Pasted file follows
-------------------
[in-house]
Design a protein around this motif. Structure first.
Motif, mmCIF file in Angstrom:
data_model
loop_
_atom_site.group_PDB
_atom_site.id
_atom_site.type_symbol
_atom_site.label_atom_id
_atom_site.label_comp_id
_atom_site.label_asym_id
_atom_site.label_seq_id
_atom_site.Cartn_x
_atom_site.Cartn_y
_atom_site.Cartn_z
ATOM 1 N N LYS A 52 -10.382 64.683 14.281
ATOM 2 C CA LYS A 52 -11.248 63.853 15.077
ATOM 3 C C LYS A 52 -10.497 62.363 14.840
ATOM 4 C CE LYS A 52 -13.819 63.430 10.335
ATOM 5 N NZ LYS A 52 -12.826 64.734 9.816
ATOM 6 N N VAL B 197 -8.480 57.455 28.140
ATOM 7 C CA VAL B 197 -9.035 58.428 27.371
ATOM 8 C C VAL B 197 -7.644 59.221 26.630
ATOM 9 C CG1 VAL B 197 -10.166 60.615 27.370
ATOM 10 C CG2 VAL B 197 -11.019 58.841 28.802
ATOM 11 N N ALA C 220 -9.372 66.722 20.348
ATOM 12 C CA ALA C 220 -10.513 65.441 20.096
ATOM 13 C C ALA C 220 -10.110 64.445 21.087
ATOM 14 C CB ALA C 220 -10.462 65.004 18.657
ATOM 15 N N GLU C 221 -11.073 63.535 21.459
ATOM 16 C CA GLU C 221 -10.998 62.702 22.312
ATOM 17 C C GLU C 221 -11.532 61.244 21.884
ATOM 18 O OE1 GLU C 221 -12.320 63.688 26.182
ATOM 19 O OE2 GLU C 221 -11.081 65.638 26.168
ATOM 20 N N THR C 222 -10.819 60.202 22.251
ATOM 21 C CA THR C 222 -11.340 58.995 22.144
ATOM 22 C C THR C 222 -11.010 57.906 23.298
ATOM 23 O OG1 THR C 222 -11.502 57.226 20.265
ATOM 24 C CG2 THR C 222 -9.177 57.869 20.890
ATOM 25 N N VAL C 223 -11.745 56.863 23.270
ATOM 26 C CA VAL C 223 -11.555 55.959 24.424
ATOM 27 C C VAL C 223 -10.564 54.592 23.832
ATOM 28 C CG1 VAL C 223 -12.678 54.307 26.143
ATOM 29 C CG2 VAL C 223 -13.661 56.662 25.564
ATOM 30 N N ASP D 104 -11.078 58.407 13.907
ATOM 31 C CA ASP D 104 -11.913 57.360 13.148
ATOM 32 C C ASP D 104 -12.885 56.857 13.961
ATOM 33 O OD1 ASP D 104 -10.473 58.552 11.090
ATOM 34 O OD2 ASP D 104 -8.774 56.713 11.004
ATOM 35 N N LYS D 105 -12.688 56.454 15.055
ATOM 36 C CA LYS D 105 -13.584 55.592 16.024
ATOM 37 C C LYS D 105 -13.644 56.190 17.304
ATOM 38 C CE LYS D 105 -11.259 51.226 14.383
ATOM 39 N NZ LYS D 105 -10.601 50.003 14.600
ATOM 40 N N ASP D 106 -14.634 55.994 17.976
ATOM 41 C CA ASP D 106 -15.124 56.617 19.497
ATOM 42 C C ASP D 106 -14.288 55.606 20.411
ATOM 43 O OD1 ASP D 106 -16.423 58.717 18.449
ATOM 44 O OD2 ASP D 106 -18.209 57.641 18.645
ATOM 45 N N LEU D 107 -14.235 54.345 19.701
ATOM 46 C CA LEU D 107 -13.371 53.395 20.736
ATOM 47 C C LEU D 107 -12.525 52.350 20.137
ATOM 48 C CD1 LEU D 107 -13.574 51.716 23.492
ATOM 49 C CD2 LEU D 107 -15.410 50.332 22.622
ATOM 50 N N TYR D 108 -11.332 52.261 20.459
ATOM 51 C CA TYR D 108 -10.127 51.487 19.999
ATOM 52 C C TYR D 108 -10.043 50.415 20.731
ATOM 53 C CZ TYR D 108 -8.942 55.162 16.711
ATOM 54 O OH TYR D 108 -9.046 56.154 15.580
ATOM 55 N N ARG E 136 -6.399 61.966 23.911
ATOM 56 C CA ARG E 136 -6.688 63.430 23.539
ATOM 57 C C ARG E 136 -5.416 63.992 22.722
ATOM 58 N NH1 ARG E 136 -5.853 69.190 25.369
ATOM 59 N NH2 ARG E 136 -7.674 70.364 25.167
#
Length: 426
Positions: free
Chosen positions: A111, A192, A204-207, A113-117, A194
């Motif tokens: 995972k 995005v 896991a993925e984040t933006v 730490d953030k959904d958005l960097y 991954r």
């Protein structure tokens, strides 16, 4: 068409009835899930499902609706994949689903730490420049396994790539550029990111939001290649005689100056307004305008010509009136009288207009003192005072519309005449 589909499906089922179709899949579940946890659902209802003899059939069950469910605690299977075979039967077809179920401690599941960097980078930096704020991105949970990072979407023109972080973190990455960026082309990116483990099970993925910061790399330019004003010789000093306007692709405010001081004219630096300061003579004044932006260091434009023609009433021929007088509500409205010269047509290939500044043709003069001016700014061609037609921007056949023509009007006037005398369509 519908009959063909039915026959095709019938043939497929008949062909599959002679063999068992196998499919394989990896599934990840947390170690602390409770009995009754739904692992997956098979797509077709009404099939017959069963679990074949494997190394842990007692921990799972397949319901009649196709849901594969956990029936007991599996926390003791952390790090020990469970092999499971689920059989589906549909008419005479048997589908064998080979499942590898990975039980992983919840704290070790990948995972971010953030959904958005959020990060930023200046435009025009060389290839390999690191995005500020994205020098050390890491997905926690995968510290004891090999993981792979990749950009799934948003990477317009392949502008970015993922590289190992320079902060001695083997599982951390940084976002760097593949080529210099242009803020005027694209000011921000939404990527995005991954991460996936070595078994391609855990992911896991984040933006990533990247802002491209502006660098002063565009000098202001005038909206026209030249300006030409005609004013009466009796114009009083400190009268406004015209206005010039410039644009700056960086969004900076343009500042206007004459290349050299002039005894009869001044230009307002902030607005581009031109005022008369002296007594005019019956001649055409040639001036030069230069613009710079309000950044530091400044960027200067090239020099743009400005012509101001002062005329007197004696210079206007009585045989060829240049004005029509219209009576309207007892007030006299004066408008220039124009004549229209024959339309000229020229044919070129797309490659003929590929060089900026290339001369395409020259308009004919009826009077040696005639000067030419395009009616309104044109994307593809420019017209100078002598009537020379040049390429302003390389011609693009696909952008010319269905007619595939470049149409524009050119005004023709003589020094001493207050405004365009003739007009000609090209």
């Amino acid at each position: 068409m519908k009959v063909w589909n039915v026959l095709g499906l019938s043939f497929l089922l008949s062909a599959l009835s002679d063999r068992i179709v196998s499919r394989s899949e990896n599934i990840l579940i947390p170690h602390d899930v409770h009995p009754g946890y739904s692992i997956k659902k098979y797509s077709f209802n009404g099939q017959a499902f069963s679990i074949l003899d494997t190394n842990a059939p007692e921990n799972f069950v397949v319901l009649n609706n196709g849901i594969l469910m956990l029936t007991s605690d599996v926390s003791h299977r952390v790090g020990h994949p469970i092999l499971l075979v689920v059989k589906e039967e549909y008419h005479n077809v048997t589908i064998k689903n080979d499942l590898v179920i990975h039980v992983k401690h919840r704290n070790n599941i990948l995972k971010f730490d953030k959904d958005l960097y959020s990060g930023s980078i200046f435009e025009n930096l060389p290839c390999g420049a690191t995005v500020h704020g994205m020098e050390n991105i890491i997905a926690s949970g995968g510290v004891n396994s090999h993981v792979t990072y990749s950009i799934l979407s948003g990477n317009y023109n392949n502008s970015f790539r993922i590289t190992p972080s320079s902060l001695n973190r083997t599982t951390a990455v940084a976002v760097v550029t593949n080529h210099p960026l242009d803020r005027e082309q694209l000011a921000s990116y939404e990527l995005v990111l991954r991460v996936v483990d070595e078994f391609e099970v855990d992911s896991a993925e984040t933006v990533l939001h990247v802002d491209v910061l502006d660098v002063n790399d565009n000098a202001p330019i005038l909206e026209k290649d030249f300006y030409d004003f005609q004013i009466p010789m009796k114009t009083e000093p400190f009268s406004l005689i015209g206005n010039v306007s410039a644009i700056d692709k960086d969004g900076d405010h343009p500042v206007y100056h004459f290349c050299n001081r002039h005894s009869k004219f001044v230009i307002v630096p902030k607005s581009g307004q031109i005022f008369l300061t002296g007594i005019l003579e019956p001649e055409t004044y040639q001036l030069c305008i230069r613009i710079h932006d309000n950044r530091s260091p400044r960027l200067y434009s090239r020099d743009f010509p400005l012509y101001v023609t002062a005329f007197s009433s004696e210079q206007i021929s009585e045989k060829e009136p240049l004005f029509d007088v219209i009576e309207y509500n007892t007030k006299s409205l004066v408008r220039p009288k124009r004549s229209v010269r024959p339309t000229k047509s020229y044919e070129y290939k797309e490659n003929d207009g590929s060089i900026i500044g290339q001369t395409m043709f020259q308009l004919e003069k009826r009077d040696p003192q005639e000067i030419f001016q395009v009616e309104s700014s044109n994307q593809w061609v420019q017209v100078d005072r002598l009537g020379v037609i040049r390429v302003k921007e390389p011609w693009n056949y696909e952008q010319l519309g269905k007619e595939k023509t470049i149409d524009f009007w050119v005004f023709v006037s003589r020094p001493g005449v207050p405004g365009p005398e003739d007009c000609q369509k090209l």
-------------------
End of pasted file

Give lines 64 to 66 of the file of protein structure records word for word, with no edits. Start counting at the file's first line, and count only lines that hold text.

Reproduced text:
ATOM 49 C CD2 LEU D 107 -15.410 50.332 22.622
ATOM 50 N N TYR D 108 -11.332 52.261 20.459
ATOM 51 C CA TYR D 108 -10.127 51.487 19.999